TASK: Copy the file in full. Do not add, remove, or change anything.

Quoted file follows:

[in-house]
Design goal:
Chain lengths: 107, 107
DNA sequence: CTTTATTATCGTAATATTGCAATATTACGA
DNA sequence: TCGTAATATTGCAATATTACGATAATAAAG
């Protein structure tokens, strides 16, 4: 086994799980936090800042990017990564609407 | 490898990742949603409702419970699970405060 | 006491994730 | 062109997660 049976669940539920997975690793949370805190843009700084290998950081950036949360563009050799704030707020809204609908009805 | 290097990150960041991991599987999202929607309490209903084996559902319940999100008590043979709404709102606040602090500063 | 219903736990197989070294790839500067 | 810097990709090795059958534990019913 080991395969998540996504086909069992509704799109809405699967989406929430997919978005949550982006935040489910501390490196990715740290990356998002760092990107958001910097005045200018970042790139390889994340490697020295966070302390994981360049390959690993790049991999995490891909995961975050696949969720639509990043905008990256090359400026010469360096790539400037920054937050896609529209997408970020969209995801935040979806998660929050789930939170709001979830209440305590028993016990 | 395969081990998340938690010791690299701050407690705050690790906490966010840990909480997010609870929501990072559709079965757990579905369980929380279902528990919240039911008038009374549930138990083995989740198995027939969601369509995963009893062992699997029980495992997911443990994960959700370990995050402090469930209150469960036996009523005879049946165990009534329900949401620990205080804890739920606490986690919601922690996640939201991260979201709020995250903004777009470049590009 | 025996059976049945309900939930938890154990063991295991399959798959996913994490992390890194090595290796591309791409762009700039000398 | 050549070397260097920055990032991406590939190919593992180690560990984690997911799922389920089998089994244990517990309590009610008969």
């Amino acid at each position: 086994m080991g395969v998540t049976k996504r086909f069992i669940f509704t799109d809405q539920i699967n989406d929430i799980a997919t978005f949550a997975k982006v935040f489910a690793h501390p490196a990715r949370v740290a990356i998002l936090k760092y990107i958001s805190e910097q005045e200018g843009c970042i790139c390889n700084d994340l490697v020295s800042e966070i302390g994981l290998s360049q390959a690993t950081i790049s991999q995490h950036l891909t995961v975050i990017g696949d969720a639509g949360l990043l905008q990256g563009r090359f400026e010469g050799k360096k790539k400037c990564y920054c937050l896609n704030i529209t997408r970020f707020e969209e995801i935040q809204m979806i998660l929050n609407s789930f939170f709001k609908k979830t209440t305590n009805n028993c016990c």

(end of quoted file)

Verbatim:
[in-house]
Design goal:
Chain lengths: 107, 107
DNA sequence: CTTTATTATCGTAATATTGCAATATTACGA
DNA sequence: TCGTAATATTGCAATATTACGATAATAAAG
């Protein structure tokens, strides 16, 4: 086994799980936090800042990017990564609407 | 490898990742949603409702419970699970405060 | 006491994730 | 062109997660 049976669940539920997975690793949370805190843009700084290998950081950036949360563009050799704030707020809204609908009805 | 290097990150960041991991599987999202929607309490209903084996559902319940999100008590043979709404709102606040602090500063 | 219903736990197989070294790839500067 | 810097990709090795059958534990019913 080991395969998540996504086909069992509704799109809405699967989406929430997919978005949550982006935040489910501390490196990715740290990356998002760092990107958001910097005045200018970042790139390889994340490697020295966070302390994981360049390959690993790049991999995490891909995961975050696949969720639509990043905008990256090359400026010469360096790539400037920054937050896609529209997408970020969209995801935040979806998660929050789930939170709001979830209440305590028993016990 | 395969081990998340938690010791690299701050407690705050690790906490966010840990909480997010609870929501990072559709079965757990579905369980929380279902528990919240039911008038009374549930138990083995989740198995027939969601369509995963009893062992699997029980495992997911443990994960959700370990995050402090469930209150469960036996009523005879049946165990009534329900949401620990205080804890739920606490986690919601922690996640939201991260979201709020995250903004777009470049590009 | 025996059976049945309900939930938890154990063991295991399959798959996913994490992390890194090595290796591309791409762009700039000398 | 050549070397260097920055990032991406590939190919593992180690560990984690997911799922389920089998089994244990517990309590009610008969």
């Amino acid at each position: 086994m080991g395969v998540t049976k996504r086909f069992i669940f509704t799109d809405q539920i699967n989406d929430i799980a997919t978005f949550a997975k982006v935040f489910a690793h501390p490196a990715r949370v740290a990356i998002l936090k760092y990107i958001s805190e910097q005045e200018g843009c970042i790139c390889n700084d994340l490697v020295s800042e966070i302390g994981l290998s360049q390959a690993t950081i790049s991999q995490h950036l891909t995961v975050i990017g696949d969720a639509g949360l990043l905008q990256g563009r090359f400026e010469g050799k360096k790539k400037c990564y920054c937050l896609n704030i529209t997408r970020f707020e969209e995801i935040q809204m979806i998660l929050n609407s789930f939170f709001k609908k979830t209440t305590n009805n028993c016990c």